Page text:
November 19, 2003 - Florida Times-Union: John Eaves says Sierra Leone grateful to Americans

Peace Corps Online: Directory: Sierra Leone: Peace Corps Sierra Leone : The Peace Corps in Sierra Leone: November 19, 2003 - Florida Times-Union: John Eaves says Sierra Leone grateful to Americans

By Admin1 (admin) ( - on Monday, November 24, 2003 - 11:37 pm: Edit Post

John Eaves says Sierra Leone grateful to Americans

John Eaves says Sierra Leone grateful to Americans

PEACE CORPS: Sierra Leone grateful to Americans

One of America's best foreign policy initiatives has been the people who have served in the Peace Corps.

The Peace Corps was established by an executive order of President Kennedy on May 1, 1961, as a way to eradicate world poverty through friendship and goodwill.

Since its inception, over 170,000 Americans have devoted two years of service to developing countries around the world.

Peace Corps volunteers immerse themselves in the local culture by learning the local languages, respecting the local traditions, abiding by the local customs, respecting the local citizens, living in the local villages and collaborating on sustainable development projects in various communities.

Among the 134 nations that Peace Corps has served in its 42-year history is Sierra Leone. The Peace Corps entered Sierra Leone in 1963 and volunteers served as teachers, health care providers, agricultural workers and carpenters over a 30-year period until 1994, when a civil war caused the suspension of Peace Corps service.

The ensuing civil war devastated Sierra Leone. The country's economy and infrastructure have been severely damaged. Today, Sierra Leone has the highest infant mortality rate of any country in the world. With an average per-capita income of only $140 a year, it is the world's poorest country.

However, following the end of the civil war in 2002, calm and order are returning to Sierra Leone. The Sierra Leone government has invited the Peace Corps to return its operations in that country.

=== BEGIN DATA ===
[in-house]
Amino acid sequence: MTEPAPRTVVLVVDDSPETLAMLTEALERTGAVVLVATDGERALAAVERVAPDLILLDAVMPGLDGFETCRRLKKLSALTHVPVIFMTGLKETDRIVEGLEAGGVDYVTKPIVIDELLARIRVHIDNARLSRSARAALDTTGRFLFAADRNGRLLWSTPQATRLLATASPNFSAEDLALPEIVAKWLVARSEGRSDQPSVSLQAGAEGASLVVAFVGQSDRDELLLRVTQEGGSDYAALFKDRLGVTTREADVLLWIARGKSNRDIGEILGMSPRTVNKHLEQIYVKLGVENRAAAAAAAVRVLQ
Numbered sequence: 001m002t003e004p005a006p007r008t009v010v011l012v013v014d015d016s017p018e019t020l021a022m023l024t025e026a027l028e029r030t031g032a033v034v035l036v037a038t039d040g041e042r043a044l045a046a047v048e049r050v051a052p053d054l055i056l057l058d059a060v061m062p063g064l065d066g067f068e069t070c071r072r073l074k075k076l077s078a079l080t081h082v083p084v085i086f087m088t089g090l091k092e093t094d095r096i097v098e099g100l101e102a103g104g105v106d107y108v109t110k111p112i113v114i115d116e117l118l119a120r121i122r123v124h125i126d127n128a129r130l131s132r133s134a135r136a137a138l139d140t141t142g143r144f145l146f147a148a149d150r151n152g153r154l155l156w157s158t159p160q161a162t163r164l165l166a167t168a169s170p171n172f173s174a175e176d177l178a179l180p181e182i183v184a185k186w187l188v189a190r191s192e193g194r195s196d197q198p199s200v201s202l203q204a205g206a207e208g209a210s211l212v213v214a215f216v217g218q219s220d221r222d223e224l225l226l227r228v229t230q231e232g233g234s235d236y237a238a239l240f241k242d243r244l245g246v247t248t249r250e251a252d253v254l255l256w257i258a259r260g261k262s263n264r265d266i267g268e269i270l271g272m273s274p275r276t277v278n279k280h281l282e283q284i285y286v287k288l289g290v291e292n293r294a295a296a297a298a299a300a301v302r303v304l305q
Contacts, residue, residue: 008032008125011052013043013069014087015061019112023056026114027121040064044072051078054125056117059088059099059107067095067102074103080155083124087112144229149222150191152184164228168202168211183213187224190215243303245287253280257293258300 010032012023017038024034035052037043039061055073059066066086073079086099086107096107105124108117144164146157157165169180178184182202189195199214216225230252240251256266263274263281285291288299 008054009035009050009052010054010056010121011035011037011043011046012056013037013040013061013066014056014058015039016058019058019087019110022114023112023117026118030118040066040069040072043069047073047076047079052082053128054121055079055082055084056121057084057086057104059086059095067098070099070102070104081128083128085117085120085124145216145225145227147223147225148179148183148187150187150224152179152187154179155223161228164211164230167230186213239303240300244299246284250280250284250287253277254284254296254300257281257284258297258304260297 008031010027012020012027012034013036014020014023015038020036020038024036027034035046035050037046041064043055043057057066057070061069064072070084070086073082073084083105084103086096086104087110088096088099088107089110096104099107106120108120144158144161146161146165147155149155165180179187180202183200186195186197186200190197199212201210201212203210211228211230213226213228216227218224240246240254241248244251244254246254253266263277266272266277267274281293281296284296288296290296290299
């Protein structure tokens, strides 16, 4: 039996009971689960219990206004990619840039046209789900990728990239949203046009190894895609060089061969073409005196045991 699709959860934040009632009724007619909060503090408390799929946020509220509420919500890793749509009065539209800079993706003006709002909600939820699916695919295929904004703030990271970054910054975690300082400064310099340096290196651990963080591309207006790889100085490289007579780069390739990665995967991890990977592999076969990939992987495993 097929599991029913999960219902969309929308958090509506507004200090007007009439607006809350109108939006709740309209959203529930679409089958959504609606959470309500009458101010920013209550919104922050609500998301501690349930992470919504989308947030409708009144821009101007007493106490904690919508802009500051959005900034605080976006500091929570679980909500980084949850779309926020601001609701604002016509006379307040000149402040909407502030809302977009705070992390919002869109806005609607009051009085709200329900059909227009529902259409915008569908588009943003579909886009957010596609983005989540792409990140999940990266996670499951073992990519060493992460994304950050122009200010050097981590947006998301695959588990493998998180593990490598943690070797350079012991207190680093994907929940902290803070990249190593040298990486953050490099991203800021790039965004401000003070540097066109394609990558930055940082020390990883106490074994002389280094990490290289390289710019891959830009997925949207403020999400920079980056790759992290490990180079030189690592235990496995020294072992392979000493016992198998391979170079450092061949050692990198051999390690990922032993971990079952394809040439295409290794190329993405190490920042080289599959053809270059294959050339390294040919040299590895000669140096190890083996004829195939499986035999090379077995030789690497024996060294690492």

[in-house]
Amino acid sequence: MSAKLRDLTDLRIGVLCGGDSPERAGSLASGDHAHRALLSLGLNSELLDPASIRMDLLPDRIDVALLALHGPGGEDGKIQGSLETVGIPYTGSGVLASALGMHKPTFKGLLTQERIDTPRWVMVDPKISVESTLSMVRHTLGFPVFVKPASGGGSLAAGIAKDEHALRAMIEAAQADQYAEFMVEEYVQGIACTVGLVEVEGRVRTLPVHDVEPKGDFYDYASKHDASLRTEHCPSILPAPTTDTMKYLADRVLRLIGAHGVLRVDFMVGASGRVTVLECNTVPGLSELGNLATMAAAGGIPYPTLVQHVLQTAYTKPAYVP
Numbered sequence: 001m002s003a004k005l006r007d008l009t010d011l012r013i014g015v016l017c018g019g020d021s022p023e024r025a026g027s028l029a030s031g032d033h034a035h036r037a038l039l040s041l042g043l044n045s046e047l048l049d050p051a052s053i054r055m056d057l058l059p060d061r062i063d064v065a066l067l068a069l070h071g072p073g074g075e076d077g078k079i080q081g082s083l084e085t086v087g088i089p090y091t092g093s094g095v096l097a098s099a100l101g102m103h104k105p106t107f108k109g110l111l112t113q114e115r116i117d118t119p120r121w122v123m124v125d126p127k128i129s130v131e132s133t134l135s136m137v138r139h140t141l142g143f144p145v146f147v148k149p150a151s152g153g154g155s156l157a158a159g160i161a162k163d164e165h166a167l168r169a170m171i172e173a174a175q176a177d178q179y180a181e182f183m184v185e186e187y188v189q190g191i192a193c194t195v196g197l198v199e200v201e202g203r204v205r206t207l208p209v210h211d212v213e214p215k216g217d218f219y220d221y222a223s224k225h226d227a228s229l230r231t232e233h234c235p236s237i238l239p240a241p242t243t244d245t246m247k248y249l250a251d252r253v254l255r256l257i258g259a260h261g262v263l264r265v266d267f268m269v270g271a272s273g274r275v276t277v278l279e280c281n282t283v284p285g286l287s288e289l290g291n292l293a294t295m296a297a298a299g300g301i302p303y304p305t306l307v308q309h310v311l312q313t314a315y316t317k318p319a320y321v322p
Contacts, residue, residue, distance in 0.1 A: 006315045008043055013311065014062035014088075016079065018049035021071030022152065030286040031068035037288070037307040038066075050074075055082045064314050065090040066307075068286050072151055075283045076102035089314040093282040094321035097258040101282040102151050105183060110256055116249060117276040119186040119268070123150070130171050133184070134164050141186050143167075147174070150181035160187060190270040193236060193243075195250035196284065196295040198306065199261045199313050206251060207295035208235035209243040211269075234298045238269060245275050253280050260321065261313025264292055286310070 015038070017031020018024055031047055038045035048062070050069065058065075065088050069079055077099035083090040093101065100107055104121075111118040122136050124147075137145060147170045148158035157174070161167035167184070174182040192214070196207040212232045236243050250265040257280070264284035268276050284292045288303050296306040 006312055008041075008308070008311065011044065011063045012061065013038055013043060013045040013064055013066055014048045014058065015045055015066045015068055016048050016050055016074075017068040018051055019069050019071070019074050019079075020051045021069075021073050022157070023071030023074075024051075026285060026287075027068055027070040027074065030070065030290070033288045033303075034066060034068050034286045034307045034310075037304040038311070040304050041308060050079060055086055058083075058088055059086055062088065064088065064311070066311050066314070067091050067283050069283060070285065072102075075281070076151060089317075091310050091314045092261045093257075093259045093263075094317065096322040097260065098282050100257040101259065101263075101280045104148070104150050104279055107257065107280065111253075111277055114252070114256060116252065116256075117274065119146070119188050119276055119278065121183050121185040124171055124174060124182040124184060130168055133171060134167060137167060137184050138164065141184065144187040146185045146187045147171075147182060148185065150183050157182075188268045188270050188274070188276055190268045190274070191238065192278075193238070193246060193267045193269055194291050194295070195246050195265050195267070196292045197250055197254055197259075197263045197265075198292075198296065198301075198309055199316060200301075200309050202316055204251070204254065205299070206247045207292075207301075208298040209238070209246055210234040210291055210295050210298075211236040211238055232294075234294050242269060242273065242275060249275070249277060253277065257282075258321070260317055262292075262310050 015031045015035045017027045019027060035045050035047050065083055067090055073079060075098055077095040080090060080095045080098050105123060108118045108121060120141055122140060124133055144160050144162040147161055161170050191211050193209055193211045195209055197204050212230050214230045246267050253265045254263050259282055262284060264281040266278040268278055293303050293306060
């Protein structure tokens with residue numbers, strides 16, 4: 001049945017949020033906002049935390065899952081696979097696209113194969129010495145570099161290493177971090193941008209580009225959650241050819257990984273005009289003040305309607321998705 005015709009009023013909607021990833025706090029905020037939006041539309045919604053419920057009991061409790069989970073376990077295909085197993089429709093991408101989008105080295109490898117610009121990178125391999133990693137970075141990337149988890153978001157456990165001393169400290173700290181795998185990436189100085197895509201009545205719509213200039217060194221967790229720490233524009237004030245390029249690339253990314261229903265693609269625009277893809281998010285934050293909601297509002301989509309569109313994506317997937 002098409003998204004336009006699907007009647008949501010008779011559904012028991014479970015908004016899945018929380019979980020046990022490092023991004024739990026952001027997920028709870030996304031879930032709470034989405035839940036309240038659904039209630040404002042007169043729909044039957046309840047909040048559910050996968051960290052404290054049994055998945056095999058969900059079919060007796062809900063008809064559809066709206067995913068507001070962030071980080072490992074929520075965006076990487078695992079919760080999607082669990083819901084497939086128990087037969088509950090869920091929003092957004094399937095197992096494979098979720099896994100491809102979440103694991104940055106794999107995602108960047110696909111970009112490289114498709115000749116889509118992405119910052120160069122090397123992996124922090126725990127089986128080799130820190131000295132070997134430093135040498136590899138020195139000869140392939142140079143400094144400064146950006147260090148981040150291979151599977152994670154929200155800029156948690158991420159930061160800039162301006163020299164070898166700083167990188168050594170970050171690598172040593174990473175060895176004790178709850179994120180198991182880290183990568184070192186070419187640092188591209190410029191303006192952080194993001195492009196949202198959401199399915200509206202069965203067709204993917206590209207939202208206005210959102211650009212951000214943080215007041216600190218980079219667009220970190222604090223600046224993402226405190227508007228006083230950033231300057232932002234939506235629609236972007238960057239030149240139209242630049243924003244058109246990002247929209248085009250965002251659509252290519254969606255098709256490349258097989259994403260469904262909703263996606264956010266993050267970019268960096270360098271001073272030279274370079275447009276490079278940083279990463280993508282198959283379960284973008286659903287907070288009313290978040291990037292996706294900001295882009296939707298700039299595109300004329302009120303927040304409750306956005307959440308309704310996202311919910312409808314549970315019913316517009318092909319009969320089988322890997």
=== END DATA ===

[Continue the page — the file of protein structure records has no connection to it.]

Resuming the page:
I was a member of a delegation to assess the feasibility of the Peace Corps' return.

Over an 11-day period, I had the opportunity to tour the country and meet with ministry officials and local citizens.

Many Sierra Leonians recounted fond experiences of Peace Corps volunteers who lived in their communities and had an extraordinary impact on the local citizens.

I marveled at how Sierra Leonians remembered the names of Peace Corps volunteers who served as far back as 40 years ago and how these volunteers taught them English, constructed buildings and assisted with agricultural projects.

While there is much resentment around the world about what America has done, there is stronger appreciation in Sierra Leone for America as a result of the Peace Corps.

regional manager, Peace Corps, Atlanta, Ga.

Some postings on Peace Corps Online are provided to the individual members of this group without permission of the copyright owner for the non-profit purposes of criticism, comment, education, scholarship, and research under the "Fair Use" provisions of U.S. Government copyright laws and they may not be distributed further without permission of the copyright owner. Peace Corps Online does not vouch for the accuracy of the content of the postings, which is the sole responsibility of the copyright holder.

Story Source: Florida Times-Union

This story has been posted in the following forums: : Headlines; COS - Sierra Leone



Add a Message

This is a public posting area. Enter your username and password if you have an account. Otherwise, enter your full name as your username and leave the password blank. Your e-mail address is optional.